The Line, the Crack, and the Possibility of Architecture: Figure, Ground, Feminist Performance
This article was the winner of the Richard Plant Essay Prize, Canadian Association for Theatre Research, for the best paper published on a Canadian theatre topic in 2008.
How and where do architecture and performance collide? Theatre studies has been, over the course of the last decade, increasingly interested in the relationship between stage and space; that inter- est, however, has primarily been figured by marrying theories of human geography with studies of theatrical performance. “The Line, the Crack, and the Possibility of Architecture” asks what it might mean to explore the spaces of performance through the lens of another plastic art—the art of building—and investigates what the discourses of architecture theory, both classical and (post)modern, might have to say to those of us who study the vicissitudes of feminist performance. The article tracks a figure I call the guerrilla actress-architect; she uses her performing body to reshape the plastic spaces of her world and asks us to consider the possibility that feminist performance may, in fact, be a kind of living architectural practice.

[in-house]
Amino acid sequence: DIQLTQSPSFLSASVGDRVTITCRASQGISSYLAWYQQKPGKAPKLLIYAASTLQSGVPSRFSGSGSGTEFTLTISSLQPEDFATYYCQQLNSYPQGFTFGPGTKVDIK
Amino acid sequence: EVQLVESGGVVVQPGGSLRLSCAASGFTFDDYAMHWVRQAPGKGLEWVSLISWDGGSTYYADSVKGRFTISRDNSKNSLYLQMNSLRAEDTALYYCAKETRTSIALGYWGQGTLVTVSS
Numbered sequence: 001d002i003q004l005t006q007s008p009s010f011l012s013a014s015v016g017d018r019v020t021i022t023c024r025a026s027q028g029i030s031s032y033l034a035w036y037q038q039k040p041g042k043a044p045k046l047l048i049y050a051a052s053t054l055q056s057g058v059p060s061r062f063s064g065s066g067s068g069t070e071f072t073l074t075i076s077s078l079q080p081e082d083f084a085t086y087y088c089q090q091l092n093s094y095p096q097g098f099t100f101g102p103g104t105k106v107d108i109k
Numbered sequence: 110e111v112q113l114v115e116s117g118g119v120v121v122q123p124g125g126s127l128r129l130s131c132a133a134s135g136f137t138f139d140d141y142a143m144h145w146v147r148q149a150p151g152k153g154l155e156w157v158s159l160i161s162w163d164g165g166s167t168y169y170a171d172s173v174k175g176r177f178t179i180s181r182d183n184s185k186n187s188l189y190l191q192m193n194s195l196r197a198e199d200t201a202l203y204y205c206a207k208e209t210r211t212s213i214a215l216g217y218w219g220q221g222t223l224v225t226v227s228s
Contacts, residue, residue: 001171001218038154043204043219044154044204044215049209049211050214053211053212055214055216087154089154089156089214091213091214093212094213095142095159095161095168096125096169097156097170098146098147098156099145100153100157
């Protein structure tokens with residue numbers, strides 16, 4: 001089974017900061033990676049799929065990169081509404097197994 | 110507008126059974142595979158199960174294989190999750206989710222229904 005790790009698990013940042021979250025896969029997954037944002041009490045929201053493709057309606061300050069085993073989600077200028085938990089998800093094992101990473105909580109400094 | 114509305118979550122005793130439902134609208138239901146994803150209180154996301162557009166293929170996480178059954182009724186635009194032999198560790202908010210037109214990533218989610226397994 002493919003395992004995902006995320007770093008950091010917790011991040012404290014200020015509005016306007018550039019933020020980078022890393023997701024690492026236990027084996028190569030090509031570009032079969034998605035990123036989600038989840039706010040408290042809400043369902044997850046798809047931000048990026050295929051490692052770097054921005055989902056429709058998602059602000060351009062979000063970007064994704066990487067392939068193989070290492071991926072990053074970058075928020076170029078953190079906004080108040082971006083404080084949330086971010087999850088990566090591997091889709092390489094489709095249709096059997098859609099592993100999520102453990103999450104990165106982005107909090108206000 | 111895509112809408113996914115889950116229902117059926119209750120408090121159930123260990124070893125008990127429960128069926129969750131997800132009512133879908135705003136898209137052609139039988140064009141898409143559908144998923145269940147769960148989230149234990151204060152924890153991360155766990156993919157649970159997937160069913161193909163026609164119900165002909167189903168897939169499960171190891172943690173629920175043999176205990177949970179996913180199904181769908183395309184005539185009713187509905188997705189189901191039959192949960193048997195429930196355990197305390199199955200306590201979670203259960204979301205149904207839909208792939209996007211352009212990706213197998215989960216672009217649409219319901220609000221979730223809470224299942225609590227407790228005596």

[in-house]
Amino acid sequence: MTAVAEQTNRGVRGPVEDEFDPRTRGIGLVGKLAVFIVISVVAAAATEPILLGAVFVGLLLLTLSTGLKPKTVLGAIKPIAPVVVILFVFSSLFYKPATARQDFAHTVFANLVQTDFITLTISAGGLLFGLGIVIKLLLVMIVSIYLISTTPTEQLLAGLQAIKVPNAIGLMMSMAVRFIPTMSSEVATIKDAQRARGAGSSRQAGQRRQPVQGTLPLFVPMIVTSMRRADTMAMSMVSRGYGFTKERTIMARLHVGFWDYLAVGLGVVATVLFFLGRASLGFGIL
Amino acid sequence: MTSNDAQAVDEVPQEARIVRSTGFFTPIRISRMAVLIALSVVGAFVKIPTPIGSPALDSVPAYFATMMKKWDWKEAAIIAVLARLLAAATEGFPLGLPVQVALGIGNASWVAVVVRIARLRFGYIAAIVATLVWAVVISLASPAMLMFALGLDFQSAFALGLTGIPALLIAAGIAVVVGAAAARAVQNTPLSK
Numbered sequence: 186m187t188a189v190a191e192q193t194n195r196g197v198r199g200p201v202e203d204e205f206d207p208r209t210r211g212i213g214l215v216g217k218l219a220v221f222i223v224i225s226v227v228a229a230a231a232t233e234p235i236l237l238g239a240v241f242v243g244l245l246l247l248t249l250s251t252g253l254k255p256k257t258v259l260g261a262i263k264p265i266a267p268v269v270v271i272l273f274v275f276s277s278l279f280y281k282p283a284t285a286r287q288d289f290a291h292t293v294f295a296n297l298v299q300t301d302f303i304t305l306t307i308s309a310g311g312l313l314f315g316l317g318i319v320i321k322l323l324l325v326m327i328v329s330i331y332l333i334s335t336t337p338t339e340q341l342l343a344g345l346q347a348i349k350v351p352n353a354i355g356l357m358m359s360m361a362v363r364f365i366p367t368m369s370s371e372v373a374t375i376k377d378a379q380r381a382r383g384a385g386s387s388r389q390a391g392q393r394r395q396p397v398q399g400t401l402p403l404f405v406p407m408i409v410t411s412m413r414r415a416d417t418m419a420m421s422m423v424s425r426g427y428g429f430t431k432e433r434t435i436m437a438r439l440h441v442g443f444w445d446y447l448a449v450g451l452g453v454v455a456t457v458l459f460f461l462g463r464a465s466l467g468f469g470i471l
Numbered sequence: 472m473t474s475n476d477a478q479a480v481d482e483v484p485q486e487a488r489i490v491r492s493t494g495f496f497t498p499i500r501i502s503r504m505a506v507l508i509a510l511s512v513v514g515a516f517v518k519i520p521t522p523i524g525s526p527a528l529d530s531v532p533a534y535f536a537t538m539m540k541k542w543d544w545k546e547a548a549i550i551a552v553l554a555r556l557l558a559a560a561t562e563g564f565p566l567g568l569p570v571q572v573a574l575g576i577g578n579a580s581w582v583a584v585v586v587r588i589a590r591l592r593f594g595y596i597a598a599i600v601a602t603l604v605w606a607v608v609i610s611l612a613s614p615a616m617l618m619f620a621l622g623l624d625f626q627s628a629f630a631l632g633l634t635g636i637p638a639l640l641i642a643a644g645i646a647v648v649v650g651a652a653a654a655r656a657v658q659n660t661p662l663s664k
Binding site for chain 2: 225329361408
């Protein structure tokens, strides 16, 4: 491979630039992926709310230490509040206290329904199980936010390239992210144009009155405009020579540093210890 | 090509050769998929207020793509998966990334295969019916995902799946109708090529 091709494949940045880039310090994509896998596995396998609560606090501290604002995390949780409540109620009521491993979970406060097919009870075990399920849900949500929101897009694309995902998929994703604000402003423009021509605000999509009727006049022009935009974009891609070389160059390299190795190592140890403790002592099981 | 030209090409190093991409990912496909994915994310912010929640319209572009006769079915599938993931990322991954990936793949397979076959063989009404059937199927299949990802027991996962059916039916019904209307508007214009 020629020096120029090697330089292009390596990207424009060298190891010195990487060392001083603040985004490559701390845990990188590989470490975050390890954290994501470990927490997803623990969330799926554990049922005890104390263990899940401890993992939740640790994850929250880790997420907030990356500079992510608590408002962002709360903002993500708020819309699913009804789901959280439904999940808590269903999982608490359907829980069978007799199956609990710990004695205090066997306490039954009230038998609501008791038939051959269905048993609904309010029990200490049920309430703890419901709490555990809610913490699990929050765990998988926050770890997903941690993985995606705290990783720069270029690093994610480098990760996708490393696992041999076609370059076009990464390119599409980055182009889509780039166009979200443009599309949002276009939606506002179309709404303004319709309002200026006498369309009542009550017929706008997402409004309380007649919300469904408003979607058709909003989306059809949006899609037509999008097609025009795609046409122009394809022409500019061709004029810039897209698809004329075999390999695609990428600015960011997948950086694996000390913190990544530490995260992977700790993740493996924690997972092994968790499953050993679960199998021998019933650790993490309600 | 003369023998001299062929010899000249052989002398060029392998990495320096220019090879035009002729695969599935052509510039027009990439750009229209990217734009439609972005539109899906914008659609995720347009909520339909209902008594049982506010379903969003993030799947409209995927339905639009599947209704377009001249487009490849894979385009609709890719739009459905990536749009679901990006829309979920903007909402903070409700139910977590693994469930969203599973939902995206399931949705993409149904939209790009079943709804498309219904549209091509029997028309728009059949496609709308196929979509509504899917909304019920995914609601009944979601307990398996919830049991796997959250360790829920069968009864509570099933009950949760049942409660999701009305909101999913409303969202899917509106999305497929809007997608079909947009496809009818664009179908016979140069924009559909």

Solga, Kim. "The Line, the Crack, and the Possibility of Architecture: Figure, Ground, Feminist Performance." Theatre Research in Canada 29.1 (2008): 12-28.